“I’m afraid I’ll become a homeless person.”

I’m afraid that I’ll become a homeless person, and that I won’t have health insurance. 

I blurted out that sentence to my coach, trying to explain why I was so afraid to leave my job and take some time off. It felt kind of dumb after it came out of my mouth — it sounded so extreme.

But it did capture the real lot of fear I had: I was so burnt out at my job that my desire for rest seemed infinite. I was pretty sure if I listened to those desires, I’d never work again. And then I’d run out of money and have to live on the street and…


But my coach was looking at me calmly. In the most compassionate way in the world, she asked me: “Katie, is health insurance something that you want?”

 “Yes,” I told her.

“Well then, I think you can trust that some deep part of you will take care of yourself. Just like you need rest and some space, you also need health insurance.”

She continued, in friendliest way, “Don’t you think that when push comes to shove, you’ll do what you need to, in order to get what you need? Like, if you get low on money and you really have to, you’ll get a job that you don’t prefer, so you can make sure to get the health insurance you need?” 

“Don’t you think that you will take care of yourself, when it comes down to it?”

I sat there, dumbfounded in my chair, soaking up how right she was.

To be clear, the point of this story isn’t “quit your job!”. That’s not always the right decision. (Far from it!) Rather, the point is this: You will take care of yourself.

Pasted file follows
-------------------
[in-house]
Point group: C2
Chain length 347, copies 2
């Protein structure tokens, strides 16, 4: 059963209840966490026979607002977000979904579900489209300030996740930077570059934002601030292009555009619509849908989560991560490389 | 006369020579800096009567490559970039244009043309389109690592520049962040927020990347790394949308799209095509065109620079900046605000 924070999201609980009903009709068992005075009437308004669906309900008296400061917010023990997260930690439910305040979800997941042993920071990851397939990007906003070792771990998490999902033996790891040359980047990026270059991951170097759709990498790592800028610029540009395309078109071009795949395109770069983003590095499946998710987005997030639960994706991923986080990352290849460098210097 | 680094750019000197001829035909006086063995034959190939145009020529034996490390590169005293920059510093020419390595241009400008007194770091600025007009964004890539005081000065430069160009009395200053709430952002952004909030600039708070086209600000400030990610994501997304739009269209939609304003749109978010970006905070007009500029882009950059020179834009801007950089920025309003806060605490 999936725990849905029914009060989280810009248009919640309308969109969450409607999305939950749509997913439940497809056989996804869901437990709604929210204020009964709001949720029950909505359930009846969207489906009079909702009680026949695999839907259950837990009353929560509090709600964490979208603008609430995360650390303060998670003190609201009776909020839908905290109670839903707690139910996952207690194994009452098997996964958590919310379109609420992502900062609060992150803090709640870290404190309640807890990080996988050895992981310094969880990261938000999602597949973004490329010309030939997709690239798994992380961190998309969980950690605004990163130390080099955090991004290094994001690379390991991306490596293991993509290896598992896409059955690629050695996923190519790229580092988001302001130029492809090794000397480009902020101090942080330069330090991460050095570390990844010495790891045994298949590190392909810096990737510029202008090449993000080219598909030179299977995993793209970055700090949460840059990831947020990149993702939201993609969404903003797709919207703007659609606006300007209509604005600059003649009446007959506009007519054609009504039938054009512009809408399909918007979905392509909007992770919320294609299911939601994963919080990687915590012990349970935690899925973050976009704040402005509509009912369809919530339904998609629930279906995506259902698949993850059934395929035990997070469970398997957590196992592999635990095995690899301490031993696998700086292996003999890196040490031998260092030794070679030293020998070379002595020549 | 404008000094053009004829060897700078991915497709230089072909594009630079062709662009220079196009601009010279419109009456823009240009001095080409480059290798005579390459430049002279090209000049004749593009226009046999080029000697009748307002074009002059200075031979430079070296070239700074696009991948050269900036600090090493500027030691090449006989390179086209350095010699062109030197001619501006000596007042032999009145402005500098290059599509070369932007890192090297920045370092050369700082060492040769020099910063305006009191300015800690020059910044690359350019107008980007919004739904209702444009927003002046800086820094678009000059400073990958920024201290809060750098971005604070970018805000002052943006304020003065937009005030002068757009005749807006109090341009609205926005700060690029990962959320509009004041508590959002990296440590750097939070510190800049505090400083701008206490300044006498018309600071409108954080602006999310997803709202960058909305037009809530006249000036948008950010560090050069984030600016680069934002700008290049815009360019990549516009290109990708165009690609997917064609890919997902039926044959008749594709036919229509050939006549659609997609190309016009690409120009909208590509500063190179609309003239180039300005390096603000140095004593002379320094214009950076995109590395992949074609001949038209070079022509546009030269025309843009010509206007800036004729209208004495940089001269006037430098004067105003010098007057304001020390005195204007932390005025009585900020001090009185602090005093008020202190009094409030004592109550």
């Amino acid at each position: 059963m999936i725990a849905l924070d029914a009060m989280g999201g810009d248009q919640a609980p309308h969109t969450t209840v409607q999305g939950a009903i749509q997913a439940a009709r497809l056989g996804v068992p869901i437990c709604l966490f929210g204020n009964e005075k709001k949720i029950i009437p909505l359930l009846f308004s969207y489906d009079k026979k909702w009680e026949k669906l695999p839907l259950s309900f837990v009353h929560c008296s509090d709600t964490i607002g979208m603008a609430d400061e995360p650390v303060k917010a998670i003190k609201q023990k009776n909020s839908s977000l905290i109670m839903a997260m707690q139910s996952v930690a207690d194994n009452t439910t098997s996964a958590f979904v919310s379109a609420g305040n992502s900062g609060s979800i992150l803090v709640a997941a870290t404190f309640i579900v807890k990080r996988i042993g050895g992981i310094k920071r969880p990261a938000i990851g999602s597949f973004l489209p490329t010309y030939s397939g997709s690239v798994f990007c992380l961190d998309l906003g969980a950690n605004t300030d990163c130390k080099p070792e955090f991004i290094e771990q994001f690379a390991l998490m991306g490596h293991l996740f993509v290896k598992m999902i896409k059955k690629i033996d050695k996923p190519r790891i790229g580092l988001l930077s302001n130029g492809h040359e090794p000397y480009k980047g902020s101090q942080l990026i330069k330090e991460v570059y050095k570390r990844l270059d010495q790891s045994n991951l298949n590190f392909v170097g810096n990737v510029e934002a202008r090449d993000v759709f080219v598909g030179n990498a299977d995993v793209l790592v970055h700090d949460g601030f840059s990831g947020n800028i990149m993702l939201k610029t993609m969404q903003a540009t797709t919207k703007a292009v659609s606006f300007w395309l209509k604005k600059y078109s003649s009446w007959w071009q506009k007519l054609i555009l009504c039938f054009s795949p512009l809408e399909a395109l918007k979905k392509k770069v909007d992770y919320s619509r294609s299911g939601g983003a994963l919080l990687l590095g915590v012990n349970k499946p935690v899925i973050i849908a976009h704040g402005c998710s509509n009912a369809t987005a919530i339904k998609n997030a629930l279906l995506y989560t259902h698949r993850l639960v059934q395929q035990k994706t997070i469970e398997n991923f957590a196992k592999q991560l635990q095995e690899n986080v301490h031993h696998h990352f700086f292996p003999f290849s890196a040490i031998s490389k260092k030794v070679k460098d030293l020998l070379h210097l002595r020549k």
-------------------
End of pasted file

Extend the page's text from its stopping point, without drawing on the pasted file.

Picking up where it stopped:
So many of us have similar fears that we would blurt out if we were being truly honest:

If I let myself slow down at work, I’ll never accomplish anything, ever.
If I let myself turn down social events as much as I want to, I’ll never go out again, all my friends will abandon me, and I’ll be a complete loner.
If I let myself eat as many pumpkin cinnamon rolls as I really want, I’ll never stop eating until I gain 200 pounds.

I’ve heard all of these from my clients in the past, and I’ve certainly felt them myself!

But you know what? It’s typically not true that our desires are infinite.

Yes, we want a more balanced relationship with work, but we also want the pride of making an impact.
Yes, we want to rest at home alone, but we do also want to see our friends.
Yes, we want pumpkin cinnamon rolls, but we also want to feel good in our bodies.  

So, yes, if we listen to our desires for a while, we may end up staying home or eating more cinnamon rolls than usual. But, eventually, we will reconnect with the other things we want, and find a balance that makes sense.

That certainly happened to me. I eventually left my job and took a few months to completely rest and look around. Then, as I started to feel more rested, making sure that my bank account was healthy became an increasingly higher priority. So I found part-time work, and later, full-time work.

With health insurance, of course.

So I’d like to ask you: What truthful desires are you afraid of because they seem “too big”?